According to a 2016 study published in Translational Psychiatry, patients with anxiety disorder showed increased neural activity in the amygdala which is the almond-shaped mass of gray matter involved in experiencing emotions. When you change the way you think, you actually change the physical structure and neurofunctional response of the amygdala.
How to cultivate happiness
So what can you do to become a more positive thinker? A few common strategies involve becoming aware of your thoughts. If you find yourself thinking negative thoughts, replace that with a positive one. Look for the silver lining. It may take some time, but eventually positive thoughts will come more naturally to you.
You have the power to cultivate happiness. Recent research into the types of activities you can do to promote happiness confirms that these are skills we can learn. Here are seven things you can do right now to start to feel true happiness:
- Smile—The phrase “fake it till you make it” is often associated with Alcoholics Anonymous as a way to hang in there. If you’re feeling down, smiling can actually make you feel better. That’s because when you smile, your brain releases tiny molecules called neuropeptides to help fight off stress. The brain releases other feel-good chemicals such as dopamine, serotonin, and endorphins.
- Give thanks—Gratitude can make you happier. It is the fastest way to bring good things into your life. By being in an “attitude of gratitude” your stress levels decrease. The positive emotions you feel will improve your health and allow you to handle adversity better. Try this: before you even get out of bed, think to yourself how many good things you have in your life: your health, your job, quite literally the bed you’re in and the roof over your head. Remind yourself of all your blessings. You’ll be amazed at how good that makes you feel.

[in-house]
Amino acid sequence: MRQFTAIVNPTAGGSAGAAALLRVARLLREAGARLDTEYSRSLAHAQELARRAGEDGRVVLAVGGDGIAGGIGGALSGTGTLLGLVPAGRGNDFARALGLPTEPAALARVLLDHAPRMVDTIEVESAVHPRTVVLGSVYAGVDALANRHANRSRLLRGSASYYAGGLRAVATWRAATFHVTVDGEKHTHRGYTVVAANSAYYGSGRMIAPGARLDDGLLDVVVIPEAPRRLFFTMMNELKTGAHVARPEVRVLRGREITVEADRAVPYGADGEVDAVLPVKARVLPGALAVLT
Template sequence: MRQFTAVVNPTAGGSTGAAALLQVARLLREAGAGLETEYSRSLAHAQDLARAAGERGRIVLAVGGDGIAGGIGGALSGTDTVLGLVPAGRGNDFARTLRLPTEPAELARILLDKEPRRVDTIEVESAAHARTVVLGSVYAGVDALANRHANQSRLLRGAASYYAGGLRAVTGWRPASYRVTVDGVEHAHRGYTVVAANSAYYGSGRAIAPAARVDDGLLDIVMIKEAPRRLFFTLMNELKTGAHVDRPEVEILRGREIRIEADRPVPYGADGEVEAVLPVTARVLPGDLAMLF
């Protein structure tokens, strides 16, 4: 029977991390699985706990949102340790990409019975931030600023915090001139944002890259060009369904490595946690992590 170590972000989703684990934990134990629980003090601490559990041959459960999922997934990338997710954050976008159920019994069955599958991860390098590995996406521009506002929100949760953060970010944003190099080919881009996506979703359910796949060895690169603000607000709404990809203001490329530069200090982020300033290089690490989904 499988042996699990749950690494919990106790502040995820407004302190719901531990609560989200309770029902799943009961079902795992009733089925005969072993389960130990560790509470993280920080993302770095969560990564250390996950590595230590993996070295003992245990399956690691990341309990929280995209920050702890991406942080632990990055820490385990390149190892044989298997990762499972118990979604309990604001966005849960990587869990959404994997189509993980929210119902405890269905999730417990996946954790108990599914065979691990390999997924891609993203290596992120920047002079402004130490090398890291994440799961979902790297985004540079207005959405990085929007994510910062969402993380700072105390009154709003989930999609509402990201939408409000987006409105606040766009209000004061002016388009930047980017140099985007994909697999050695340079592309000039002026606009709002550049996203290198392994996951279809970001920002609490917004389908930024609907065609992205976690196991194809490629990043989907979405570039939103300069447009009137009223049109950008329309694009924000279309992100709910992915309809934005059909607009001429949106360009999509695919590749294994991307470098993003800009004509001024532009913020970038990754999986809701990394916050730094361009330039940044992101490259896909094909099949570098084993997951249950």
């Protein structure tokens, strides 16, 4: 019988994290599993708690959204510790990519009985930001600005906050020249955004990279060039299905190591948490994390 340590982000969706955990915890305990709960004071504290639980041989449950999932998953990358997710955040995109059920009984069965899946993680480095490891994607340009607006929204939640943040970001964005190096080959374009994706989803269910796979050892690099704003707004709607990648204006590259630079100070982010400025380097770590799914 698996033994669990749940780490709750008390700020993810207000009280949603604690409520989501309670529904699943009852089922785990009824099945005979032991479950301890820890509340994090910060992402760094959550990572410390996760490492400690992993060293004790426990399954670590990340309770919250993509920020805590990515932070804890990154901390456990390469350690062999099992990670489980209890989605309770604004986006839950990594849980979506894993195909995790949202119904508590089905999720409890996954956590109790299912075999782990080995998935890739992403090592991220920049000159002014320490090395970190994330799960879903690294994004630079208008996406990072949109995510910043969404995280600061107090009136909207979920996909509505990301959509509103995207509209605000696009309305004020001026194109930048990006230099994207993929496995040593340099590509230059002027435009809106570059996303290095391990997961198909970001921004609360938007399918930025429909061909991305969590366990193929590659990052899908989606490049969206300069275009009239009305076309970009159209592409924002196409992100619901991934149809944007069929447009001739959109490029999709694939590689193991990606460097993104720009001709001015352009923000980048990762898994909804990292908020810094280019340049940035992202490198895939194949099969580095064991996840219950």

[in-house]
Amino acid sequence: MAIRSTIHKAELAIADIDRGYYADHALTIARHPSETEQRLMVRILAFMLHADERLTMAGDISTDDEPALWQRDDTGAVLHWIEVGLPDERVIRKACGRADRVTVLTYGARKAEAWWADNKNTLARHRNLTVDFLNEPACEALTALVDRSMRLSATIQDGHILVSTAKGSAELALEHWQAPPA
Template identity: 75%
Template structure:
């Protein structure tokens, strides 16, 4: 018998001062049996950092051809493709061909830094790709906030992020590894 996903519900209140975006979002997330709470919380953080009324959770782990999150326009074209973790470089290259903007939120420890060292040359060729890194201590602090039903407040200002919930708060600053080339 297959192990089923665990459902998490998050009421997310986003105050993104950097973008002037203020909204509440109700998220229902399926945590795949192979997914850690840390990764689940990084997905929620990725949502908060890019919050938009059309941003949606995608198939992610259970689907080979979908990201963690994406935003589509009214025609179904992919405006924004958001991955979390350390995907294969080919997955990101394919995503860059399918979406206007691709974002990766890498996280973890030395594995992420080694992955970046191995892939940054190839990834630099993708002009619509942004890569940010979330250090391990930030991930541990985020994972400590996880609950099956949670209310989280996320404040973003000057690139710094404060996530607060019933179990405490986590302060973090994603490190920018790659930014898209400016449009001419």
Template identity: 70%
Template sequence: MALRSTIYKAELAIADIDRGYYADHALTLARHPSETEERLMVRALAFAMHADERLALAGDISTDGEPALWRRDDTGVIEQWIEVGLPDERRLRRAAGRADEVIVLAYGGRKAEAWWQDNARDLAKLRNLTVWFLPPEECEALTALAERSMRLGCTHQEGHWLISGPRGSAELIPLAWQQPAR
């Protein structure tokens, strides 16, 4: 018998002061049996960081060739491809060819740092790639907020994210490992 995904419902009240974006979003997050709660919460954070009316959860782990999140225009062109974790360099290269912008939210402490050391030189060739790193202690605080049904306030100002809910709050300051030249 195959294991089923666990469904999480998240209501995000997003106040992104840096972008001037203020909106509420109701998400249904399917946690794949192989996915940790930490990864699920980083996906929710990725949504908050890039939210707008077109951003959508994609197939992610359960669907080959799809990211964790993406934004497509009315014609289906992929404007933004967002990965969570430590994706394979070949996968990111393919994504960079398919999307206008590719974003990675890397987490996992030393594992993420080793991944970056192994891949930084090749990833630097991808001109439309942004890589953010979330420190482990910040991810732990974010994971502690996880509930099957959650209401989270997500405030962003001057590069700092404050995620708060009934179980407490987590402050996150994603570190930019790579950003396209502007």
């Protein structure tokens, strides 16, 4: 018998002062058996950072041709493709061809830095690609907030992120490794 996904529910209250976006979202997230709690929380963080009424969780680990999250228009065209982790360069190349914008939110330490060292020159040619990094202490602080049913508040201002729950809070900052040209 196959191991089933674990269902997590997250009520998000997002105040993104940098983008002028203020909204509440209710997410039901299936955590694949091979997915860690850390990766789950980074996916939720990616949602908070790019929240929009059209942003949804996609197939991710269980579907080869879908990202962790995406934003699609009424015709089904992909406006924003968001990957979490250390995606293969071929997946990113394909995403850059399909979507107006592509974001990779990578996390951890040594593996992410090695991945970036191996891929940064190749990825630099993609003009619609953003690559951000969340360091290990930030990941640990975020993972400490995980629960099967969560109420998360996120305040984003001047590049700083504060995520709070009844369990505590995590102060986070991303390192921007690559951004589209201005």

- Laugh—You’ve heard the expression “laughter is the best medicine.” When it comes to relieving stress, there’s nothing like a good laugh. Not only will it improve your mood, it can relieve pain, boost your immune system, oh, and make you happy.
- Spend time with positive people—Here’s another expression, “negativity breeds negativity.” If you want to feel down, hang out with people who are glass half empty. That’s the best way to zap your energy and depress you. Instead, seek out people who are glass half full. Being around positive people has been shown to boost your self-esteem. You feel motivated to tackle your goals. You receive encouragement. And you find you’re happier around positive people.